In late December, the U.S. Department of Education's Office for Civil Rights received two complaints against a total of seven identity-based programs associated with UNC.
More specifically, the complaints were against programs that encourage the participation of specific demographics — primarily women and students of color. These complaints alleged that certain UNC programs are in violation of Title VI of the Civil Rights Act of 1964 and Title IX of the Education Amendments of 1972.
The complaints were filed by Mark Perry, professor emeritus at the University of Michigan-Flint and a senior fellow at Do No Harm — a group of professionals that seeks to “protect healthcare from a radical, divisive, and discriminatory ideology."
Perry has filed suits at almost 600 other universities.
Title VI prohibits discrimination on the basis of race or national origin from organizations that receive federal funding — of which UNC is one. Similarly, Title IX prohibits discrimination on the basis of sex from those same federally-funded institutions.
Perry’s initial complaint, filed on Dec. 19, focused on the Fellowship for Exploring Research in Nutrition, or FERN, which is sponsored by UNC’s Global Food Research Program. It alleged that the program violated Title IX because the website criteria specifies applicants must be students of color.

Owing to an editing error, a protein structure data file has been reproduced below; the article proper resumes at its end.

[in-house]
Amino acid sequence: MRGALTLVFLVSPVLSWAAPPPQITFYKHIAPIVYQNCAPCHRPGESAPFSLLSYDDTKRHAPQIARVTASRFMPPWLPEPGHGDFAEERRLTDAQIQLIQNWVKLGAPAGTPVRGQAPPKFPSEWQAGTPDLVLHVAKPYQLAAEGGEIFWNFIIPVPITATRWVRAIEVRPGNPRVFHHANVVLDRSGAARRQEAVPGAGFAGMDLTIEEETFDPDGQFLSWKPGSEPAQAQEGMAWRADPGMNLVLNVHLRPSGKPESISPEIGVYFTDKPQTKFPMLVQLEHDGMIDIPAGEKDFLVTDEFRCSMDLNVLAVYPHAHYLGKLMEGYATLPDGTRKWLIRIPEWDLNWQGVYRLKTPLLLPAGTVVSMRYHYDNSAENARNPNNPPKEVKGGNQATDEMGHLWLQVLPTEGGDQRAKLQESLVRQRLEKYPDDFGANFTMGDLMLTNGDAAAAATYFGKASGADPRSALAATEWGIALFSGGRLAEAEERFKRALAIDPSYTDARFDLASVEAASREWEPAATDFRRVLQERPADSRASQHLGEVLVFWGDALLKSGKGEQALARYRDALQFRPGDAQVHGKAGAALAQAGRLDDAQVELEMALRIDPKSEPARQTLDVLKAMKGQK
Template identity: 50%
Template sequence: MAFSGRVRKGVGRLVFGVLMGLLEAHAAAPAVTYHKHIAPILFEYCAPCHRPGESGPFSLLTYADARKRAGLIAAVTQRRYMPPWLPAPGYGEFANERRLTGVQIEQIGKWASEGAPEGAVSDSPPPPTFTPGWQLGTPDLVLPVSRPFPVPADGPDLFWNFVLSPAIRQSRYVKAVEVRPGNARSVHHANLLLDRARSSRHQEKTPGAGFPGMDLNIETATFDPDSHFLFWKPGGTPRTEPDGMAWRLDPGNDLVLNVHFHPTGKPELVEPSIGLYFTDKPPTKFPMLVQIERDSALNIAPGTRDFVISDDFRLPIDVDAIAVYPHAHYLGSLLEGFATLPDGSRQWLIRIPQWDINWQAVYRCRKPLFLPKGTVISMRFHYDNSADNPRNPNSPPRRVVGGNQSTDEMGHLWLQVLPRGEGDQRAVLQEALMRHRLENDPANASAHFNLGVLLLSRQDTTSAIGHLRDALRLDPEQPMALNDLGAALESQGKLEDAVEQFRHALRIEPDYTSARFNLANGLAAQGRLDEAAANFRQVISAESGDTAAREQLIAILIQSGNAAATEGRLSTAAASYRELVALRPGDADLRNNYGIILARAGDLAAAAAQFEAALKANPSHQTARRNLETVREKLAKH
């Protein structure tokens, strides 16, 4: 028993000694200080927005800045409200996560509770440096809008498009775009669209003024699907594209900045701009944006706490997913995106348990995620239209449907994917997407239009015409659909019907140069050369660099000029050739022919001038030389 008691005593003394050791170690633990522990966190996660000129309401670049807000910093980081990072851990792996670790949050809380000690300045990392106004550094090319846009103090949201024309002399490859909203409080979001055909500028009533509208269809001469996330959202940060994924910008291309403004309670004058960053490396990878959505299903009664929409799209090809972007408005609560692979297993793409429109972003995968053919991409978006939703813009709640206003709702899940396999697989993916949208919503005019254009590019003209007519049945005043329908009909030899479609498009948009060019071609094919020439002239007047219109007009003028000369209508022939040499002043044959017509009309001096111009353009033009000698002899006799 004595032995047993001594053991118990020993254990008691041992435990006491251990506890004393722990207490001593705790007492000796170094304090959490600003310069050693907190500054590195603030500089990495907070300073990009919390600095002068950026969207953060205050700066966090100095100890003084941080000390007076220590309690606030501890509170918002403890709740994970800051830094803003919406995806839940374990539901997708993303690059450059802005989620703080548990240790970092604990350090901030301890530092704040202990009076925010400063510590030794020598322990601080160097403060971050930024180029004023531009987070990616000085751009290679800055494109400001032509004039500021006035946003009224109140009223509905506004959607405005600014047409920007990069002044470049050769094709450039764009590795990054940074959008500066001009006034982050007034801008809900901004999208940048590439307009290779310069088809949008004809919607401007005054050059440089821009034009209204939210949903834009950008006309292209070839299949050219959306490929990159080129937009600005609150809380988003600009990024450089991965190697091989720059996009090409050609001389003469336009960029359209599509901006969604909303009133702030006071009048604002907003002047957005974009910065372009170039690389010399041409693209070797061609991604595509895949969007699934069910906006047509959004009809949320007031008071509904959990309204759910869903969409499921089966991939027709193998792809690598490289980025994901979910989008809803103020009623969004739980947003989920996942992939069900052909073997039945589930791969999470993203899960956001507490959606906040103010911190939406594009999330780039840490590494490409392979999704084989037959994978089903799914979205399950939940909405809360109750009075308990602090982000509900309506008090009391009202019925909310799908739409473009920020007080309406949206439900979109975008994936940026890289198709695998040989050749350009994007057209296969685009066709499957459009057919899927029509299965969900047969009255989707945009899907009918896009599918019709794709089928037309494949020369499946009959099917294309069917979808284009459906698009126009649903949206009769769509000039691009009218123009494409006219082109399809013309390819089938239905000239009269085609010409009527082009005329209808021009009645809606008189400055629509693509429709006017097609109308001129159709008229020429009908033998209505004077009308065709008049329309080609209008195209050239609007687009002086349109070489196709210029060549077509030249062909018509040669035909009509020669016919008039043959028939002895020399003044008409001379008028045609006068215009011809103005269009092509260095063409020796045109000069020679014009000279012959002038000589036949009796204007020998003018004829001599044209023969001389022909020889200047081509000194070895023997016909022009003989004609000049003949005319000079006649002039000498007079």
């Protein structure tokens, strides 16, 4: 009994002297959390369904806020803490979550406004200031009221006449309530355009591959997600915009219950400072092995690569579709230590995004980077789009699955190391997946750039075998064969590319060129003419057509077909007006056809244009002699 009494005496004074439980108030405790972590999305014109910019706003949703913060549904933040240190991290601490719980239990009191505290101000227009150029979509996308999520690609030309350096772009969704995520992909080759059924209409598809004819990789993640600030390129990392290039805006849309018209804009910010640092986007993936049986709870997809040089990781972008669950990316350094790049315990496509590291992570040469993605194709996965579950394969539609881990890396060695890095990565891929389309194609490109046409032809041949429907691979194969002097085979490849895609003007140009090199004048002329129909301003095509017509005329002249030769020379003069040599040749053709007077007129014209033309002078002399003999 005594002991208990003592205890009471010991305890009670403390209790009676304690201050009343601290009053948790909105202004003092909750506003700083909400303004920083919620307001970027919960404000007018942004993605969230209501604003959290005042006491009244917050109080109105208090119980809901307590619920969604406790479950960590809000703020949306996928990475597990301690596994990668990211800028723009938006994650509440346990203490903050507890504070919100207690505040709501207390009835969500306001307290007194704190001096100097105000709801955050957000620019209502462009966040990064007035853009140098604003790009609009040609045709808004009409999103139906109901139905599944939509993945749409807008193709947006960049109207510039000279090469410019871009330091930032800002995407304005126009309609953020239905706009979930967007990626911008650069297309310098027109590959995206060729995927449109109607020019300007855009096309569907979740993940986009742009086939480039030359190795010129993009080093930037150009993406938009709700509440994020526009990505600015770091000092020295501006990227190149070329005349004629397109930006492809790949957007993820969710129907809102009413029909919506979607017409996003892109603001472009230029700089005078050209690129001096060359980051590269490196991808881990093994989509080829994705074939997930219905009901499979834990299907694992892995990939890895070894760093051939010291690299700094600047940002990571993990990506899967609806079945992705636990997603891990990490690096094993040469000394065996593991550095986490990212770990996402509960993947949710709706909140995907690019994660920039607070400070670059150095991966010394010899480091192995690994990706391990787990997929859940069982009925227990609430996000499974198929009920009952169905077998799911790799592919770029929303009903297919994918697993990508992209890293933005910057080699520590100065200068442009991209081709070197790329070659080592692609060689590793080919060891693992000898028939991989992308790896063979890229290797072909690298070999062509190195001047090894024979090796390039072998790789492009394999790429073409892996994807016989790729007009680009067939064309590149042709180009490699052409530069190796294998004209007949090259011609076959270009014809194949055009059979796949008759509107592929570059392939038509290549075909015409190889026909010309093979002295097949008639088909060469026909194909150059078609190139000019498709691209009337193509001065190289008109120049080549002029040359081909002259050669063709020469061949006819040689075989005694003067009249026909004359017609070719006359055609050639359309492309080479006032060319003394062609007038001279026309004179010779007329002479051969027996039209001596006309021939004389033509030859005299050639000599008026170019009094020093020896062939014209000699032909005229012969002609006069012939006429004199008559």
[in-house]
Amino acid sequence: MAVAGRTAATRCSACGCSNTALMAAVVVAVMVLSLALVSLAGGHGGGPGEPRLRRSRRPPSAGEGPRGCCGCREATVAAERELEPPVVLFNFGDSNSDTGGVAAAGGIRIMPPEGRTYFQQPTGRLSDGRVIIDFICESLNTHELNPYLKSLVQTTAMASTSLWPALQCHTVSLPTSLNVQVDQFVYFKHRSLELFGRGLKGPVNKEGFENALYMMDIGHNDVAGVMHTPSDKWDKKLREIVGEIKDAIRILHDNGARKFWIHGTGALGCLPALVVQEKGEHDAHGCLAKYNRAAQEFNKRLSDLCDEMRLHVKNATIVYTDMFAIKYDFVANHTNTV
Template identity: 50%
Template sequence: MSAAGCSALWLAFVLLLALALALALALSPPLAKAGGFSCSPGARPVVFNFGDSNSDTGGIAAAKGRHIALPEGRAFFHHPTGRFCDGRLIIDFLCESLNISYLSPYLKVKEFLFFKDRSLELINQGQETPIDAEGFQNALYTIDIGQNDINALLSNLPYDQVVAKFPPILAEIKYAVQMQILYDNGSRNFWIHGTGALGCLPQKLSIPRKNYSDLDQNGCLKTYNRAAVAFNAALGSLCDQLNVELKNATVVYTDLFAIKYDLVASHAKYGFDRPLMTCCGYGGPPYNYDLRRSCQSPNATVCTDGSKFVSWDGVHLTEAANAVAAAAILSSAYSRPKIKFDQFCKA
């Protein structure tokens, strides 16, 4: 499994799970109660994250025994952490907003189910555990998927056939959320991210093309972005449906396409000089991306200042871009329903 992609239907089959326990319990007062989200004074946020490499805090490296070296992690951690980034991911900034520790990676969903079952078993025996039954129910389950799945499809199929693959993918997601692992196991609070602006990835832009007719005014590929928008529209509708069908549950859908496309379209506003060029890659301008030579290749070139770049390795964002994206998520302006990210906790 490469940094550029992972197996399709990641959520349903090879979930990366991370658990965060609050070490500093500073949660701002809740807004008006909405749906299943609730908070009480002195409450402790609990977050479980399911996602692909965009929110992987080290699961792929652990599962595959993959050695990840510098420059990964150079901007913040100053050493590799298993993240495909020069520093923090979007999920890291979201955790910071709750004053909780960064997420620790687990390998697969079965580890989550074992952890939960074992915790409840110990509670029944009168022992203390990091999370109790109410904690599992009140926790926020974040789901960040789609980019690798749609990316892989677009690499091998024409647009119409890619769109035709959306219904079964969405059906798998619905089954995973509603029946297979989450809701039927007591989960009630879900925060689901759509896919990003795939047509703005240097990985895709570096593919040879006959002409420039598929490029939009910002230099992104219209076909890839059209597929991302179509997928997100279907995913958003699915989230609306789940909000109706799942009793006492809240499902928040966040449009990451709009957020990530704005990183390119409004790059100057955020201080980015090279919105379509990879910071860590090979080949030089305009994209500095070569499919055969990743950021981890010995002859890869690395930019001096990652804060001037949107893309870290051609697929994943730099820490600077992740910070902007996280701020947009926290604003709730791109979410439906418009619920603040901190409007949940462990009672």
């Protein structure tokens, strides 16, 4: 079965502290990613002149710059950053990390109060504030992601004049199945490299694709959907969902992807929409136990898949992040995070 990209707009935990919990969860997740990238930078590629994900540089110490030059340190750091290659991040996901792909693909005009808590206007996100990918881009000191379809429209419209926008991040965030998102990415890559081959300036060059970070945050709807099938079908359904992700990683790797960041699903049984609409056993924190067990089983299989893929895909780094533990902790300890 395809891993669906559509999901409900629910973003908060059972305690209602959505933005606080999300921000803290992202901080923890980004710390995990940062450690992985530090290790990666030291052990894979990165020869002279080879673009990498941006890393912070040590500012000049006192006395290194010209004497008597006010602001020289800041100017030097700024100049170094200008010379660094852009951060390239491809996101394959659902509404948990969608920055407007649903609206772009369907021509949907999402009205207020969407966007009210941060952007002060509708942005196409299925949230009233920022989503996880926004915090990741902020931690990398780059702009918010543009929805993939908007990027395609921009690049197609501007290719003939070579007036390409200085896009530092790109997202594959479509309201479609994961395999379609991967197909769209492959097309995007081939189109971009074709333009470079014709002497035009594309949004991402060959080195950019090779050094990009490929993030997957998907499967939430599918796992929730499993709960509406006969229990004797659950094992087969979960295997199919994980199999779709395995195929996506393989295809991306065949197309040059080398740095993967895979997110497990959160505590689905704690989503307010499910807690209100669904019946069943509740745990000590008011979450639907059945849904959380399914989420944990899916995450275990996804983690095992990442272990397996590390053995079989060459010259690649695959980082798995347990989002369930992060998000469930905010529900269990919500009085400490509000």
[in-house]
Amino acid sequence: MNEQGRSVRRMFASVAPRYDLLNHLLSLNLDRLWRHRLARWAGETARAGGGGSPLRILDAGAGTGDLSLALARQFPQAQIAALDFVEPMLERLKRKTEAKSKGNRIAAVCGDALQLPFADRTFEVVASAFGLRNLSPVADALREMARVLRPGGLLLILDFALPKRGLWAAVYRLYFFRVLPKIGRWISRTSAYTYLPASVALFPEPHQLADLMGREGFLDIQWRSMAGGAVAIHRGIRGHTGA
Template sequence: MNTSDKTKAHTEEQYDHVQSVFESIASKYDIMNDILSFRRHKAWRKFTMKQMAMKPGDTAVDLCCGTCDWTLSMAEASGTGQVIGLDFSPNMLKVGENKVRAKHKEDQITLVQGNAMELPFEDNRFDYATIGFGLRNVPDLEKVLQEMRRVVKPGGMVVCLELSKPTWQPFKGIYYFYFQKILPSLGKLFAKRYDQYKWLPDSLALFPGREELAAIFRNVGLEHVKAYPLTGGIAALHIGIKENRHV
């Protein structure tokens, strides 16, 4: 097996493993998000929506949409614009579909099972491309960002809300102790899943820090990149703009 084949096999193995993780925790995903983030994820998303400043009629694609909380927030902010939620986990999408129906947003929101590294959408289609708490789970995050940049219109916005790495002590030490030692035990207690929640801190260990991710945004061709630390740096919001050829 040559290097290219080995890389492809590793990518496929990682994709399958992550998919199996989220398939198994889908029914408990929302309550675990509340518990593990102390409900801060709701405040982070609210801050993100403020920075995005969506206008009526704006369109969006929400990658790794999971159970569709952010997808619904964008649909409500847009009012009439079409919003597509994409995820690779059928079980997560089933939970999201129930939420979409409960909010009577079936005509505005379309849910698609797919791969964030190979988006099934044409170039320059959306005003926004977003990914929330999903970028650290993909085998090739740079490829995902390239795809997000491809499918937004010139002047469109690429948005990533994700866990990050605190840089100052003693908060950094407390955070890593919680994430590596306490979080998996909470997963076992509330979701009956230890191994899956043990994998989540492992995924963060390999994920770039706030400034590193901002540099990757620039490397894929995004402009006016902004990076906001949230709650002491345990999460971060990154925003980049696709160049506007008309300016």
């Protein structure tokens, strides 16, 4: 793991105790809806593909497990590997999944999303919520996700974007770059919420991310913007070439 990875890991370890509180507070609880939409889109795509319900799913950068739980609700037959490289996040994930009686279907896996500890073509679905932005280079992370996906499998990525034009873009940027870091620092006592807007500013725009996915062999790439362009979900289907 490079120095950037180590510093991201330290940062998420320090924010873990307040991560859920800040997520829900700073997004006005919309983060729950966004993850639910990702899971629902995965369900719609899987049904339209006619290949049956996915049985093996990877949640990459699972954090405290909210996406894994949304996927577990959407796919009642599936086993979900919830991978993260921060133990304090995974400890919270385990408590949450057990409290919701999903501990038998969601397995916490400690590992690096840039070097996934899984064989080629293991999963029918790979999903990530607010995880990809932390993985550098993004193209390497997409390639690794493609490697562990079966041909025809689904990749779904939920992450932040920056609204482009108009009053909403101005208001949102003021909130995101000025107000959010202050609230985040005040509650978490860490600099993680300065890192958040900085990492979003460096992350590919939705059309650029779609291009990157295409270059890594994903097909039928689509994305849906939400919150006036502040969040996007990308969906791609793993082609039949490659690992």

After the complaint was filed, the website was soon after changed to include all undergraduate students, and Perry withdrew his original complaint.
UNC Media Relations said in a statement that the eligibility criteria on the FERN webpage did not accurately reflect the University's commitment to inclusion and has since been corrected.
“Carolina remains committed to an inclusive and equitable community for all. A diverse student body is vital to fostering academic excellence, helping to broaden understanding among people of all backgrounds, perspectives, and experiences, spurring innovation and preparing engaged citizens and future leaders,” Media Relations said.